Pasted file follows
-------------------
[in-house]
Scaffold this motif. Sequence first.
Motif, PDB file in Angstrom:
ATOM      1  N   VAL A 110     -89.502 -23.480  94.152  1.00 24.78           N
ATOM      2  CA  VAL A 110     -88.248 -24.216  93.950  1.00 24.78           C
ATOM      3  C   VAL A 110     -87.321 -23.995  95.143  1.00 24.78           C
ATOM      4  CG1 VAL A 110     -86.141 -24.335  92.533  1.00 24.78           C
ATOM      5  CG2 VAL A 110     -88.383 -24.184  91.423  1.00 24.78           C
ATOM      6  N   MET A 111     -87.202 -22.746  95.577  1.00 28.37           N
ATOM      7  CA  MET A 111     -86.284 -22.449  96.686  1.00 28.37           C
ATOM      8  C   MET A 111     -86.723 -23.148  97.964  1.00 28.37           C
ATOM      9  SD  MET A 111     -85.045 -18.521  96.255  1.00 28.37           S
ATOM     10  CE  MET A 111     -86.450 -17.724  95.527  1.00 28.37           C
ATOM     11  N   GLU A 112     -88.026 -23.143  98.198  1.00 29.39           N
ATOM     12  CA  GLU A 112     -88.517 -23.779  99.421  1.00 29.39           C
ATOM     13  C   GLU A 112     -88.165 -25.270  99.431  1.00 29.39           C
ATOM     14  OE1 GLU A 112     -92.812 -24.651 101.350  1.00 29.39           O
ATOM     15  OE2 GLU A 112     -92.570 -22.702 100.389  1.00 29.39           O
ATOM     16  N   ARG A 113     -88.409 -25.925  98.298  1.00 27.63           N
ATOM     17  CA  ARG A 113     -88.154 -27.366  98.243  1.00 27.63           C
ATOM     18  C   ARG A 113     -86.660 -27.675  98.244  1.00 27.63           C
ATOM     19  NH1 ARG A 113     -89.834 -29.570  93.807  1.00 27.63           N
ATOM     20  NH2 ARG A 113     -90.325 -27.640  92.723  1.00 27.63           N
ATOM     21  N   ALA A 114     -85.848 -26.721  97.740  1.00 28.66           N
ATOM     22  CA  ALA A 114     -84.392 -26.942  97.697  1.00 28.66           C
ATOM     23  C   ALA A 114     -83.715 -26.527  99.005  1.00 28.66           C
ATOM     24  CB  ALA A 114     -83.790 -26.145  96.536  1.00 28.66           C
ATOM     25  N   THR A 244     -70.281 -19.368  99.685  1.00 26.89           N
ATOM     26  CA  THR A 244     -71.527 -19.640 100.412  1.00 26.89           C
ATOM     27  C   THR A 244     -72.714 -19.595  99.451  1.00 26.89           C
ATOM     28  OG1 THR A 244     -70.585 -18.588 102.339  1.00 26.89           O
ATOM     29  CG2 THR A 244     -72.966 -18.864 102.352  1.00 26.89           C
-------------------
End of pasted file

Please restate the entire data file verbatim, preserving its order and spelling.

[in-house]
Scaffold this motif. Sequence first.
Motif, PDB file in Angstrom:
ATOM      1  N   VAL A 110     -89.502 -23.480  94.152  1.00 24.78           N
ATOM      2  CA  VAL A 110     -88.248 -24.216  93.950  1.00 24.78           C
ATOM      3  C   VAL A 110     -87.321 -23.995  95.143  1.00 24.78           C
ATOM      4  CG1 VAL A 110     -86.141 -24.335  92.533  1.00 24.78           C
ATOM      5  CG2 VAL A 110     -88.383 -24.184  91.423  1.00 24.78           C
ATOM      6  N   MET A 111     -87.202 -22.746  95.577  1.00 28.37           N
ATOM      7  CA  MET A 111     -86.284 -22.449  96.686  1.00 28.37           C
ATOM      8  C   MET A 111     -86.723 -23.148  97.964  1.00 28.37           C
ATOM      9  SD  MET A 111     -85.045 -18.521  96.255  1.00 28.37           S
ATOM     10  CE  MET A 111     -86.450 -17.724  95.527  1.00 28.37           C
ATOM     11  N   GLU A 112     -88.026 -23.143  98.198  1.00 29.39           N
ATOM     12  CA  GLU A 112     -88.517 -23.779  99.421  1.00 29.39           C
ATOM     13  C   GLU A 112     -88.165 -25.270  99.431  1.00 29.39           C
ATOM     14  OE1 GLU A 112     -92.812 -24.651 101.350  1.00 29.39           O
ATOM     15  OE2 GLU A 112     -92.570 -22.702 100.389  1.00 29.39           O
ATOM     16  N   ARG A 113     -88.409 -25.925  98.298  1.00 27.63           N
ATOM     17  CA  ARG A 113     -88.154 -27.366  98.243  1.00 27.63           C
ATOM     18  C   ARG A 113     -86.660 -27.675  98.244  1.00 27.63           C
ATOM     19  NH1 ARG A 113     -89.834 -29.570  93.807  1.00 27.63           N
ATOM     20  NH2 ARG A 113     -90.325 -27.640  92.723  1.00 27.63           N
ATOM     21  N   ALA A 114     -85.848 -26.721  97.740  1.00 28.66           N
ATOM     22  CA  ALA A 114     -84.392 -26.942  97.697  1.00 28.66           C
ATOM     23  C   ALA A 114     -83.715 -26.527  99.005  1.00 28.66           C
ATOM     24  CB  ALA A 114     -83.790 -26.145  96.536  1.00 28.66           C
ATOM     25  N   THR A 244     -70.281 -19.368  99.685  1.00 26.89           N
ATOM     26  CA  THR A 244     -71.527 -19.640 100.412  1.00 26.89           C
ATOM     27  C   THR A 244     -72.714 -19.595  99.451  1.00 26.89           C
ATOM     28  OG1 THR A 244     -70.585 -18.588 102.339  1.00 26.89           O
ATOM     29  CG2 THR A 244     -72.966 -18.864 102.352  1.00 26.89           C